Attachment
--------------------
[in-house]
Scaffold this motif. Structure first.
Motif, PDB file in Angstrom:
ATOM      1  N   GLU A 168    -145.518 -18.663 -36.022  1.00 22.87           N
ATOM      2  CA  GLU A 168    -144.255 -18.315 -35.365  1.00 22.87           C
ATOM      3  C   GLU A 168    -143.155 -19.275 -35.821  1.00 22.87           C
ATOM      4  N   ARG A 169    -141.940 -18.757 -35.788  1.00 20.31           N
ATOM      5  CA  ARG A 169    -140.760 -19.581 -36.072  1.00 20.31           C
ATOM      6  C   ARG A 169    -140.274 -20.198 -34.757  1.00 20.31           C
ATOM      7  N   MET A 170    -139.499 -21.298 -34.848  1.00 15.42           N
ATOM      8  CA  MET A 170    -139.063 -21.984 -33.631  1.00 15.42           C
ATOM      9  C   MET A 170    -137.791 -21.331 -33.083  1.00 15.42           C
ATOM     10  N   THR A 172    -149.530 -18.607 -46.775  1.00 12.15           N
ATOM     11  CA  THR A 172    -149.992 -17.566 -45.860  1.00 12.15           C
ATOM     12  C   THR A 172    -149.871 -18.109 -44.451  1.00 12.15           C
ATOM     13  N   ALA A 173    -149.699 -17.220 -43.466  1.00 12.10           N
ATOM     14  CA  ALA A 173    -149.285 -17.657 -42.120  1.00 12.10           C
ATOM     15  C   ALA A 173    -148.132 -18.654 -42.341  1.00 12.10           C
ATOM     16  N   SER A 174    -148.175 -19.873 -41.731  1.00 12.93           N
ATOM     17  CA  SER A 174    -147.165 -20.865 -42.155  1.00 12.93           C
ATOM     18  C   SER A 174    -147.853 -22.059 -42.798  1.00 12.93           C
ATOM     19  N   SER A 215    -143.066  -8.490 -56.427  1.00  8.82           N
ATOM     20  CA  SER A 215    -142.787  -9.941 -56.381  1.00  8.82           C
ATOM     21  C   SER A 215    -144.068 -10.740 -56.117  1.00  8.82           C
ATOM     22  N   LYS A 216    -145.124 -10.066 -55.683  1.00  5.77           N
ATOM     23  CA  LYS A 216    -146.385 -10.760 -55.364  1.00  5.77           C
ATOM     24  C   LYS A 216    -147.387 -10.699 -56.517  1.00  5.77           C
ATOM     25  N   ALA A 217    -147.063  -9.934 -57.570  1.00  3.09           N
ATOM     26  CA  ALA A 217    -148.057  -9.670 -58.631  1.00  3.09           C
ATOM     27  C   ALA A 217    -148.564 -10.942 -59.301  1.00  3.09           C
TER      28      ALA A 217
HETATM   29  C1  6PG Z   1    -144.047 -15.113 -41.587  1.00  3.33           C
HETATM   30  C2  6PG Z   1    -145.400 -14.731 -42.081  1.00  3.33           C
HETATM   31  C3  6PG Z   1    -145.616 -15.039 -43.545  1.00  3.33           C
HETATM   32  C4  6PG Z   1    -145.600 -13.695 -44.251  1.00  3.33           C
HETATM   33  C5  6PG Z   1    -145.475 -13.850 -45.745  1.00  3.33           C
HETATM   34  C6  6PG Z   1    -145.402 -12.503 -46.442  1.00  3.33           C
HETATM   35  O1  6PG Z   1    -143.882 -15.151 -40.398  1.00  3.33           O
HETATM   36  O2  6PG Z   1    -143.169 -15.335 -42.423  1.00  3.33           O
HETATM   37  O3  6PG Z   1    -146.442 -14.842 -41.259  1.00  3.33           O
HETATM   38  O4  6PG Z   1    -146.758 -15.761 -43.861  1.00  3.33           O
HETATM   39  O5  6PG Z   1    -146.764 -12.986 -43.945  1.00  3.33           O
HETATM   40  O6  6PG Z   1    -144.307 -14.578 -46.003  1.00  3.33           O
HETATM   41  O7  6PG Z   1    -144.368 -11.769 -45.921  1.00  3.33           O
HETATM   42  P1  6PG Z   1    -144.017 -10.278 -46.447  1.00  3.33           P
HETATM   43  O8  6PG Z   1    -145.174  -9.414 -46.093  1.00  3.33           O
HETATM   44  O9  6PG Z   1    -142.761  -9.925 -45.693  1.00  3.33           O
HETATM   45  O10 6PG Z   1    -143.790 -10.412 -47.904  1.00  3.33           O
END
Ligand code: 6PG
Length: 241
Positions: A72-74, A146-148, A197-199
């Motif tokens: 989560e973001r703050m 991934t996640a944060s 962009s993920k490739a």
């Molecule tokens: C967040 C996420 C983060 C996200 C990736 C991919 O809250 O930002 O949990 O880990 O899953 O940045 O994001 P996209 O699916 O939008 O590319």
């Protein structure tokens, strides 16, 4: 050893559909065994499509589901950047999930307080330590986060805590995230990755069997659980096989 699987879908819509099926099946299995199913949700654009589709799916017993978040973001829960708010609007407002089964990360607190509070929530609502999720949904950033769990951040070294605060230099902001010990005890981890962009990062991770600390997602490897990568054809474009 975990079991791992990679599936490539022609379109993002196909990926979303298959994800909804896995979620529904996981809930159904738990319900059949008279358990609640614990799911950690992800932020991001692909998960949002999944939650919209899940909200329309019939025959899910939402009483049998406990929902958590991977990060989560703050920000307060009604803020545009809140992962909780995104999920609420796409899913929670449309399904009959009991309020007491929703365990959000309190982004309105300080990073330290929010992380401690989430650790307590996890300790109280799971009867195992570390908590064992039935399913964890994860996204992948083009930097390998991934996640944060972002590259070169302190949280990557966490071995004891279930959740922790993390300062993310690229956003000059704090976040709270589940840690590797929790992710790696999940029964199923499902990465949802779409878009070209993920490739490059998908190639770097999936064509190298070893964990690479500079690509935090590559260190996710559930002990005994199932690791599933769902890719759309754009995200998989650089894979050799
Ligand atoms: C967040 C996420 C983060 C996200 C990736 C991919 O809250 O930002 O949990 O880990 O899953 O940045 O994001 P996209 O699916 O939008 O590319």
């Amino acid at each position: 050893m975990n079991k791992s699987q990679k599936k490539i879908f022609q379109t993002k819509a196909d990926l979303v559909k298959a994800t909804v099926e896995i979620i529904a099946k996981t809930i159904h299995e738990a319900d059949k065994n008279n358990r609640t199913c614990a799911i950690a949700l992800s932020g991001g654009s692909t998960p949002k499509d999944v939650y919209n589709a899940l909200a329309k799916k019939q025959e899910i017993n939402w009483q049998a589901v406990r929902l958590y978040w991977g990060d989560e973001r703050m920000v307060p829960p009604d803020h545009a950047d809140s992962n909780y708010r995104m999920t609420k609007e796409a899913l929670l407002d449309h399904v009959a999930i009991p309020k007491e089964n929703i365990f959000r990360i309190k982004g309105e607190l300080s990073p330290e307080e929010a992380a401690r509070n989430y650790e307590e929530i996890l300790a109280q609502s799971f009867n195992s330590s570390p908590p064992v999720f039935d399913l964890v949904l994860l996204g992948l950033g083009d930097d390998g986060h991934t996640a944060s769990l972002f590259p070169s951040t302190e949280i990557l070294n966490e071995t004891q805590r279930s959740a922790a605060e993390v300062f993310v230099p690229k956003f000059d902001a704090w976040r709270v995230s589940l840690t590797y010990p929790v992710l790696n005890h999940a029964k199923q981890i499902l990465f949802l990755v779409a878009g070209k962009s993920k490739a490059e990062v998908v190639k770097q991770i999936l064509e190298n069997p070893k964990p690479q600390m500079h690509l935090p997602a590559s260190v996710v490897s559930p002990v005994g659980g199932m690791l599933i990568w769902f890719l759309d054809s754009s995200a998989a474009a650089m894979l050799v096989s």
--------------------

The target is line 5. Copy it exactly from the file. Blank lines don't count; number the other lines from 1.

ATOM      2  CA  GLU A 168    -144.255 -18.315 -35.365  1.00 22.87           C